6. Costs. Remember that apart from the price for the property, you will have to pay the Notary fee, registration fee, taxes as applicable, and the administrative fees, etc. So be prepared.
  7. Down payments and loans. Some websites advice that you keep 20 per cent of the total costs aside as down payment. Do check with you banks regarding finances, interest rates and repayment terms.
  8. My best wishes to you.

That does it. Important tips in seven points! Do remember that these are just my tips. You have to however, follow the systems in place in the country you wish to buy property in!

Love Always

Milo

P.S: My Next Post: Property Buying tips in Sweden

Top Ten Countries to Live In

I scanned through several studies to bring to you, the ten best countried to live in. In what way are they the best? They are the ones that provide the healthiest work-life balance.

The OECD — the International Organisation for Economic Co-operation and Development, drew up a cmprehensive list of countries that offer the healthy and safe work and life balance.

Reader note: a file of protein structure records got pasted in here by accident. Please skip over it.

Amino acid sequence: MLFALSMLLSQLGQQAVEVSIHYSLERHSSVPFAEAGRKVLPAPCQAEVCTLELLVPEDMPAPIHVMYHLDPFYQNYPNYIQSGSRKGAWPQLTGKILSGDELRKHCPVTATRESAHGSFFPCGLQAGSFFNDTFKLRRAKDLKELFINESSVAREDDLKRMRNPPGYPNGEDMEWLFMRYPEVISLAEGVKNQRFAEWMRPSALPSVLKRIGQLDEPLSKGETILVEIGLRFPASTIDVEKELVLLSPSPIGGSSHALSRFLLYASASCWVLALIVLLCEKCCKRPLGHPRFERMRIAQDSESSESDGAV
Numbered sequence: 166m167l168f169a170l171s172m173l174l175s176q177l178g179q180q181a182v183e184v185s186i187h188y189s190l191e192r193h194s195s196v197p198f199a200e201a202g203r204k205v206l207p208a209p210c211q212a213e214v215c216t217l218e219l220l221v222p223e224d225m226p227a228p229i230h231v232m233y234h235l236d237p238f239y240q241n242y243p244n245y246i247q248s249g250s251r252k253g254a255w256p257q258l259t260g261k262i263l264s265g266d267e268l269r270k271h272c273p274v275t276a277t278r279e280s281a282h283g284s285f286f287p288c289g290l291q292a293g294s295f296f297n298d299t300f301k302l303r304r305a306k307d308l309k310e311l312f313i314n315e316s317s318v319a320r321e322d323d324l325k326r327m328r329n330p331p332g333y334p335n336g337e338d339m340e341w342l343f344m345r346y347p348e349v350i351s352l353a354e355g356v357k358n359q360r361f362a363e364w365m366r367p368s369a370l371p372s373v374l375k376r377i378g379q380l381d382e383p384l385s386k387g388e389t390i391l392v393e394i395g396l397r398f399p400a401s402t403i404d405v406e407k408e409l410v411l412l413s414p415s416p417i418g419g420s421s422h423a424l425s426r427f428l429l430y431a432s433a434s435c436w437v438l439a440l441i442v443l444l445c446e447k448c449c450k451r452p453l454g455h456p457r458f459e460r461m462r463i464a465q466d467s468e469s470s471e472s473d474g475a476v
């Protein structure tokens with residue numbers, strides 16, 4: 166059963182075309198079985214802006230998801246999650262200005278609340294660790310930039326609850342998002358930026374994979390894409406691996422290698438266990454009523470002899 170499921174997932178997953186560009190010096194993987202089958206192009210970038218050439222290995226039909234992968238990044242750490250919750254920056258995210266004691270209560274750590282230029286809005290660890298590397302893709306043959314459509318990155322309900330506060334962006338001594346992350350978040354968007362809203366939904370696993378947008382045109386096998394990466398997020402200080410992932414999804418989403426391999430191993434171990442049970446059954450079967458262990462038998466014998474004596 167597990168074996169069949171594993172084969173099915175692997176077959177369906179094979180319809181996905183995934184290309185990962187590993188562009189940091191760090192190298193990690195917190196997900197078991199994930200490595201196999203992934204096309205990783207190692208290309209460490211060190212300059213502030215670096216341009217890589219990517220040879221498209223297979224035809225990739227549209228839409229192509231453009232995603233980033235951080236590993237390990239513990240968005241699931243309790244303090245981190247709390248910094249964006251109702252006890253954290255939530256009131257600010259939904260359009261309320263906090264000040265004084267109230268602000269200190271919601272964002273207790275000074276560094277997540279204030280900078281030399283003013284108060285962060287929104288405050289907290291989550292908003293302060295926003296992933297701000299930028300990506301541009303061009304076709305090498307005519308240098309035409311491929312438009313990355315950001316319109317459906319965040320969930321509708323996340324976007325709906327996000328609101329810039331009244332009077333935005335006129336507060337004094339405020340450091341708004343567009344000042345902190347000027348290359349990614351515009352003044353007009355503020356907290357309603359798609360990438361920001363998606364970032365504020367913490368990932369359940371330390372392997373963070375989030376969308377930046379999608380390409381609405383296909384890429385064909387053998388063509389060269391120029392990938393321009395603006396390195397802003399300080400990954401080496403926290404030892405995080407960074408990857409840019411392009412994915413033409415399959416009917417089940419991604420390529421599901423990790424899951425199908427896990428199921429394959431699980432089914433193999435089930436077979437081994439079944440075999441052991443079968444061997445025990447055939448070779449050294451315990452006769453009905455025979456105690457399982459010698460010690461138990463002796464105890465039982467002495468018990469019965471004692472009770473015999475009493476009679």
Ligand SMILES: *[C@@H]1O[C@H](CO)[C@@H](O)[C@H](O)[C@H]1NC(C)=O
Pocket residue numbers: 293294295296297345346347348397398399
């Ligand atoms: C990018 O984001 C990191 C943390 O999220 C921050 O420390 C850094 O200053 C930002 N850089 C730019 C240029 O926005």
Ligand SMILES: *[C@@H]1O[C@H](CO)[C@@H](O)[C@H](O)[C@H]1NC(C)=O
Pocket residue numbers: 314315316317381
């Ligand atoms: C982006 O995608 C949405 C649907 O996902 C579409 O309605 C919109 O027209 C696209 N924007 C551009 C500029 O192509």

Here are the top ten from there….

Number 10: France

  • Only 9 per cent of working people work very long hours, i.e., more than 50 hours a week.
  • Employement rate of women between the ages 25 to 54 years is well above the OECD average.
  • The study shows that there is enough quality time spent devoted to leisure, family and personal care.

Number 9: Portugal

  • Only 6 per cent of working people work very long hours, i.e., more than 50 hours a week.
  • High women employment rate.